Discussion in 'Handloading and Reloading' started by solman, Nov 30, 2016.
In rifle loading I usually end up one or two grns under max for best accuracy. At that point another 25-50 fps loses out to smaller groups. I still fire through the full load so long as pressure signs don't develope but usually see a consistent closing in group size around mid charge followed by widening. A more experienced loader taught me to check 3 sources for load data due to variances and start with the average of the three.
I wouldn't say I go over book max often but I've done it. Generally with hunting loads for example I go as close to max as accuracy will allow and if accuracy isn't there at the top end of the data I'll switch to a powder/bullet combo that will get me there. There's a time and a place. Sometimes I want the maximum a cartridge will get me. The point of hand loading is tayloring loads to YOUR needs.
When I'm looking at economic range loads then yeah, close to min as possible.
The only way I would load a max load is if it were the most accurate load in that particular gun.
As for a safety net, that is built in when a company is determining the max load. They build in a buffer.
With that being said, you should always work up to a max load, not just start there.
As mentioned, if the Max load is the most accurate, use it. There's no inherent danger.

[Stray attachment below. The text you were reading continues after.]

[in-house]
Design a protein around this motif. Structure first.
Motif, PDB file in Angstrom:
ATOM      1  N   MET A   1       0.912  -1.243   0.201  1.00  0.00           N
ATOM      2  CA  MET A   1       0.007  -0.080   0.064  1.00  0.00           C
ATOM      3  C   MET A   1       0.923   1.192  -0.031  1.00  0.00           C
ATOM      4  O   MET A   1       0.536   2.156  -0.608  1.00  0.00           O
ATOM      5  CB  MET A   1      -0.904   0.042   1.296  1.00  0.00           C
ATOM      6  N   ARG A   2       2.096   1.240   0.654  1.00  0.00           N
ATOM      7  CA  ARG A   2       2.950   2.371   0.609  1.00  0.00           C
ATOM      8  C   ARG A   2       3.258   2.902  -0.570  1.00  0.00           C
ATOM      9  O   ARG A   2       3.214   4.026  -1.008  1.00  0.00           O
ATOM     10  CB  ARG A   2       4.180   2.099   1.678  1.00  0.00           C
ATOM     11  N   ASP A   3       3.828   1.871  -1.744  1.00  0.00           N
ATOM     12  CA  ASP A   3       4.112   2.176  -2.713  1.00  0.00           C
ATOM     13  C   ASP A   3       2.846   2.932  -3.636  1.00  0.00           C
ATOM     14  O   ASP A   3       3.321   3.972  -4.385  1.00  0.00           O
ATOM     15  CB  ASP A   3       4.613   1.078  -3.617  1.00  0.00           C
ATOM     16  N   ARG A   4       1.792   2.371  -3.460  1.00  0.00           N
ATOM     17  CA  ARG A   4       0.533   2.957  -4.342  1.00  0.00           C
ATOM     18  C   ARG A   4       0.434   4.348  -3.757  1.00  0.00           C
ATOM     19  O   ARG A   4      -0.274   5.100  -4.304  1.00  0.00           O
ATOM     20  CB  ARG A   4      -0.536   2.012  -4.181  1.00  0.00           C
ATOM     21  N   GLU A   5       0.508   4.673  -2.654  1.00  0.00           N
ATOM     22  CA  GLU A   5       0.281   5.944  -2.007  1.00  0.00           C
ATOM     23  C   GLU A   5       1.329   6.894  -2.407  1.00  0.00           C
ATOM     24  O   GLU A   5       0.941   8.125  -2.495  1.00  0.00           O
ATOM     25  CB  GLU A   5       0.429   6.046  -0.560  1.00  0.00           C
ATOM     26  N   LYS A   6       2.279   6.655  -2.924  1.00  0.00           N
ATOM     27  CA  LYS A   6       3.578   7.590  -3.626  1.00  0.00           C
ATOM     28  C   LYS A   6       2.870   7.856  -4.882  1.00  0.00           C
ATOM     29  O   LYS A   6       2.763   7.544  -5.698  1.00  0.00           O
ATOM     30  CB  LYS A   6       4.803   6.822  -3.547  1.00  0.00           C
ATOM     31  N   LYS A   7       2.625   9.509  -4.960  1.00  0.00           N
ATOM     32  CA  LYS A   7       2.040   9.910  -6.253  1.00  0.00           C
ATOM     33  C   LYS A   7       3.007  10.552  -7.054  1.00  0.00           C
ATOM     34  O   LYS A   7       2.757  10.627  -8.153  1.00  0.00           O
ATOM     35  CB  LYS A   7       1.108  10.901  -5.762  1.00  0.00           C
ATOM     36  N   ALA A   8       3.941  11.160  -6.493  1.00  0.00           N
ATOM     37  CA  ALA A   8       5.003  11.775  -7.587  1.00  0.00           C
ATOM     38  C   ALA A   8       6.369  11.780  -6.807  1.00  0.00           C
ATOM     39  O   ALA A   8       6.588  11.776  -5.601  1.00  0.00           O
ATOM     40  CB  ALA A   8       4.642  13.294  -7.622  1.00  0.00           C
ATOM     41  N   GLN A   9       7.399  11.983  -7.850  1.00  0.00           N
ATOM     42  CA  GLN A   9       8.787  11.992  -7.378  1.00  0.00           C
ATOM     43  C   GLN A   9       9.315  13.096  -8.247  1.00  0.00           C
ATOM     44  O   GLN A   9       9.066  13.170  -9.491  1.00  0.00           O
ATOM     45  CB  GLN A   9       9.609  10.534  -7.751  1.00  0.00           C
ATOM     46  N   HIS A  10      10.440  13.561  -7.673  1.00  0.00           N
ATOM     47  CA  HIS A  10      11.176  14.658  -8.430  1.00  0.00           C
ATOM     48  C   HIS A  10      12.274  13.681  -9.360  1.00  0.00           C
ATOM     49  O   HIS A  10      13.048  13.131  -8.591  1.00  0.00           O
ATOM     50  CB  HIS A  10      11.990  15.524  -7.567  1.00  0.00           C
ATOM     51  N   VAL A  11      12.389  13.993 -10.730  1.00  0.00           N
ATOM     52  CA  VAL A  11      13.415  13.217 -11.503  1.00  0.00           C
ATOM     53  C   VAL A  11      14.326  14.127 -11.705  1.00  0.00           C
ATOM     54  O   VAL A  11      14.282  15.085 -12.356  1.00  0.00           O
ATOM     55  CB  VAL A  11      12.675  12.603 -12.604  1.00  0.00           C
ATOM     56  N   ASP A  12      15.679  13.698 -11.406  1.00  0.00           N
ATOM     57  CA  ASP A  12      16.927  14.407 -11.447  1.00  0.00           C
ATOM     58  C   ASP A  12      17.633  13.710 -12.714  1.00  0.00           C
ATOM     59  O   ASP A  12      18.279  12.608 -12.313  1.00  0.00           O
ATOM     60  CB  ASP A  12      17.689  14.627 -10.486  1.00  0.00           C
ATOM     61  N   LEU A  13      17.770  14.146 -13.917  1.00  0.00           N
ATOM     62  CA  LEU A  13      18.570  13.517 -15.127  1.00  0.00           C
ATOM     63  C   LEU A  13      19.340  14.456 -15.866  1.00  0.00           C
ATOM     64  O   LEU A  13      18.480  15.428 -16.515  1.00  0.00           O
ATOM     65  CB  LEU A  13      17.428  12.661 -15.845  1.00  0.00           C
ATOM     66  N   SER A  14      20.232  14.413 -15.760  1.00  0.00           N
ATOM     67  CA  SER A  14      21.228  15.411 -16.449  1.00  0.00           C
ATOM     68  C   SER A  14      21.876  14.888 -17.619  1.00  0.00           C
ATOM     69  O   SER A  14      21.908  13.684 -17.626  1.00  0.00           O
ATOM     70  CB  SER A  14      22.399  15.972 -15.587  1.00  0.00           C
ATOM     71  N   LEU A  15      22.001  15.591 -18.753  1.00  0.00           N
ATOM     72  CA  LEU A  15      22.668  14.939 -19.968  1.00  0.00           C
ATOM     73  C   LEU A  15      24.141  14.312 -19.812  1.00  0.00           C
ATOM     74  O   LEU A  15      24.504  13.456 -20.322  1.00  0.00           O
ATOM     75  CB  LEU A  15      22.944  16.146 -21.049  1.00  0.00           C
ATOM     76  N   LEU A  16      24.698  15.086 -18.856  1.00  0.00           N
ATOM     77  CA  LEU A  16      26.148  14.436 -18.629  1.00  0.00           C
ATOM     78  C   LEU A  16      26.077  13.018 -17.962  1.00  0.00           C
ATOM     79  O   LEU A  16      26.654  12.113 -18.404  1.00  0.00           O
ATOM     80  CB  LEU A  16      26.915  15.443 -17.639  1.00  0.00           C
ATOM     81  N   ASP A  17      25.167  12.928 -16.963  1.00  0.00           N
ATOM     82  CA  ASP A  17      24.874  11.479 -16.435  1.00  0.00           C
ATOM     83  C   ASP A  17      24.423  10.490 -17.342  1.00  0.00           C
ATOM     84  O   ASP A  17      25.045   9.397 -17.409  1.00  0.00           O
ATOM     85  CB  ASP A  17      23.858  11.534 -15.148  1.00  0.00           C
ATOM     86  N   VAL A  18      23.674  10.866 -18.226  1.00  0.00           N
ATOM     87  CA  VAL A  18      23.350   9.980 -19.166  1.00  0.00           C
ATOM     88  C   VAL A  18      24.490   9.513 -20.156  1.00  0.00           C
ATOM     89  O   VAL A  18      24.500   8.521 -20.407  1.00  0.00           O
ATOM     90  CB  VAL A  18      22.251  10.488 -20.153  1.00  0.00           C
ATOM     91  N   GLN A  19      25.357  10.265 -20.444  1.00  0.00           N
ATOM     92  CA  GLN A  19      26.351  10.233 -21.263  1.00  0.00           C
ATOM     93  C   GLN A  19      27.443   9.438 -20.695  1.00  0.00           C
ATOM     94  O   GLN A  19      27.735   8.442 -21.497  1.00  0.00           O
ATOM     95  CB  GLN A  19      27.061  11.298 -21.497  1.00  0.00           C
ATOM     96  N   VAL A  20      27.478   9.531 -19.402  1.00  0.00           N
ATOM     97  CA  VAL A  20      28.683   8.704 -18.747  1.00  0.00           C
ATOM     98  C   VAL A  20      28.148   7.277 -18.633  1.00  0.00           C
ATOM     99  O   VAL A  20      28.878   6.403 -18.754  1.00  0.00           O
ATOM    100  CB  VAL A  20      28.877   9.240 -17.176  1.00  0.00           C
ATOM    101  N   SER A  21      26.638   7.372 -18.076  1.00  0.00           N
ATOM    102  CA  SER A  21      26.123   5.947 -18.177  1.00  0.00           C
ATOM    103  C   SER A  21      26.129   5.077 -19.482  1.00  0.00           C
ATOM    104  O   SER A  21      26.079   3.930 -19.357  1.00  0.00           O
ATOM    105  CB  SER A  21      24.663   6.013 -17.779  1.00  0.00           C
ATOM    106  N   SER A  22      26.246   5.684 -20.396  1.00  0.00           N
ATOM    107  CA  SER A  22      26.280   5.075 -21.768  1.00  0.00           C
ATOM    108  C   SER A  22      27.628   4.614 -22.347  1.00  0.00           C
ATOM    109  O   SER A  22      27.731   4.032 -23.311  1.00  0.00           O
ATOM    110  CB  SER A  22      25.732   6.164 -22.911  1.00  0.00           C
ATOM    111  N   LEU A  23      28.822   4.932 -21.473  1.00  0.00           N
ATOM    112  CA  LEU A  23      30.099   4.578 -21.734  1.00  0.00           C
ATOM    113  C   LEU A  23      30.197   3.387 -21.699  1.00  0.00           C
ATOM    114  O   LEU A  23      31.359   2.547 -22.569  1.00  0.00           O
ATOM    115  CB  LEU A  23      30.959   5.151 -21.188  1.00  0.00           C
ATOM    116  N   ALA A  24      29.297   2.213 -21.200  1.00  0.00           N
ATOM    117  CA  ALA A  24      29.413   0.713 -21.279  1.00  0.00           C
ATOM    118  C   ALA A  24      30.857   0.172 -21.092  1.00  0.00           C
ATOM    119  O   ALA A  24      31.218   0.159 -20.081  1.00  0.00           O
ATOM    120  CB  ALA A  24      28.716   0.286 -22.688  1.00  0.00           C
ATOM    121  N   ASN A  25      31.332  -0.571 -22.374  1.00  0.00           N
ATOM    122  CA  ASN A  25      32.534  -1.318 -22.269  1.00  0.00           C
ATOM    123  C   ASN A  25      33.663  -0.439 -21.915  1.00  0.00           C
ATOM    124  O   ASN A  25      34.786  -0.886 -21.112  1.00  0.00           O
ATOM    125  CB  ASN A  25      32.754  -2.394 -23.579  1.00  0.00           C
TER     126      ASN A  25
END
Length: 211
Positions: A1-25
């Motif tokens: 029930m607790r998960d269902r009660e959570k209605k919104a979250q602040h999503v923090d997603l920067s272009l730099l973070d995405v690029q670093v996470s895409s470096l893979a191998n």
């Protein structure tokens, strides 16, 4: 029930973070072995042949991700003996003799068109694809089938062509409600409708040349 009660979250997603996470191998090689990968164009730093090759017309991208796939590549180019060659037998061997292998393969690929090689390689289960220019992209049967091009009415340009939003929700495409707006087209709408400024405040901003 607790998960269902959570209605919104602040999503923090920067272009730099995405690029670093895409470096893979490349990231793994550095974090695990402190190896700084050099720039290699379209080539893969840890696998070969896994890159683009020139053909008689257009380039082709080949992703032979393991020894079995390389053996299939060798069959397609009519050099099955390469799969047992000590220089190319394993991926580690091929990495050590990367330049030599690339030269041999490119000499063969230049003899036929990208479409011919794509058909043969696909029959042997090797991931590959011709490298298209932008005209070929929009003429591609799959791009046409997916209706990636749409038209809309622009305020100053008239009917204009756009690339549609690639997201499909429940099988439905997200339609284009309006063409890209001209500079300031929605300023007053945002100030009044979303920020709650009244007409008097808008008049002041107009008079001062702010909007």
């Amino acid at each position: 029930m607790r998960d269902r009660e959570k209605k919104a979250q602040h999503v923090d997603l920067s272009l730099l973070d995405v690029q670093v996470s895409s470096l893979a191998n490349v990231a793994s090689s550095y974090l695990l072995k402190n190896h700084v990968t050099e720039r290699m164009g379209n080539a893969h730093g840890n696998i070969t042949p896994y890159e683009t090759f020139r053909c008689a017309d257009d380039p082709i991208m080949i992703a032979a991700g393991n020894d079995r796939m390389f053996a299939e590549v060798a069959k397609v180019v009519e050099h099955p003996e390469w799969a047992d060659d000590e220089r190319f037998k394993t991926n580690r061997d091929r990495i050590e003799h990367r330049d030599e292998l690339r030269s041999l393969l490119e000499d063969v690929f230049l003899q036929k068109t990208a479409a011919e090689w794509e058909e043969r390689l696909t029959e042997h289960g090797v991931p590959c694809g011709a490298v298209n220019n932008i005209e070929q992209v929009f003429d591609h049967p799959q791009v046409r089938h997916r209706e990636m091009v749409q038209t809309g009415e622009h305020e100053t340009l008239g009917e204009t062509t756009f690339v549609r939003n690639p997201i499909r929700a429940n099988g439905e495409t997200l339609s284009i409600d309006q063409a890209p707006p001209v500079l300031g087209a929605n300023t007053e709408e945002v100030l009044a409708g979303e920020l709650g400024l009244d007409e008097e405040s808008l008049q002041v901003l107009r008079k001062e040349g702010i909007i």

"...at a starting load and work DOWN..." Below minimum loads can be as dangerous as above max loads.
Where guys get into trouble is playing too close to the edge with no chronograph. The loading manual may say 47 gr = 2880 fps. But I stop when I get to 2880 fps regardless of the powder charge. It might hit 2880 at 47 gr, it might hit that speed at 46 gr.
A lot of hand loaders err so much on the side of caution that their loads may not even break 2600 fps. There is no sense in that.
What load is that?
I'm asking because according to the Hornady manual #4, a max load for 55gr jacketed bullets is 21.1 grains, but Hornady manual #8 lists a maximum of 20.0. Neither edition of the Hornady manual lists pressures, but Hodgdon's manual #25 says 20.5 grains yields a pressure of 48,600 psi while Hodgdon's current on-line data says 20.4 grains produced 53,600 psi. I load a lot of .223 with 4198 and just wanted to know where your maximum loads fell with respect to the various published "maximums".
The load I use: 21.5 gr of IMR4198 is listed as max with a 55gr FMJbt in Lyman's 45th, and Lees Modern Reloading, as well as the "real world, in my rifle" data I inherited from my dad.
I haven't had any problems with this load cycling, or with pressure signs, in either a 20" rifle, or 16" carbine (AR)
Primers flatten a bit, but ...meh. It is slightly more accurate in the rifle than the carbine.
So I treat it as a "max" load. However;
In my Speer #8 & #10, max is listed at 22.0 (both of these have some HOT hot loads in them)
And on the other end,
In Hornadys 7th edition, max is listed at 20.0. I've found this book to be full of powder puffs (relatively speaking).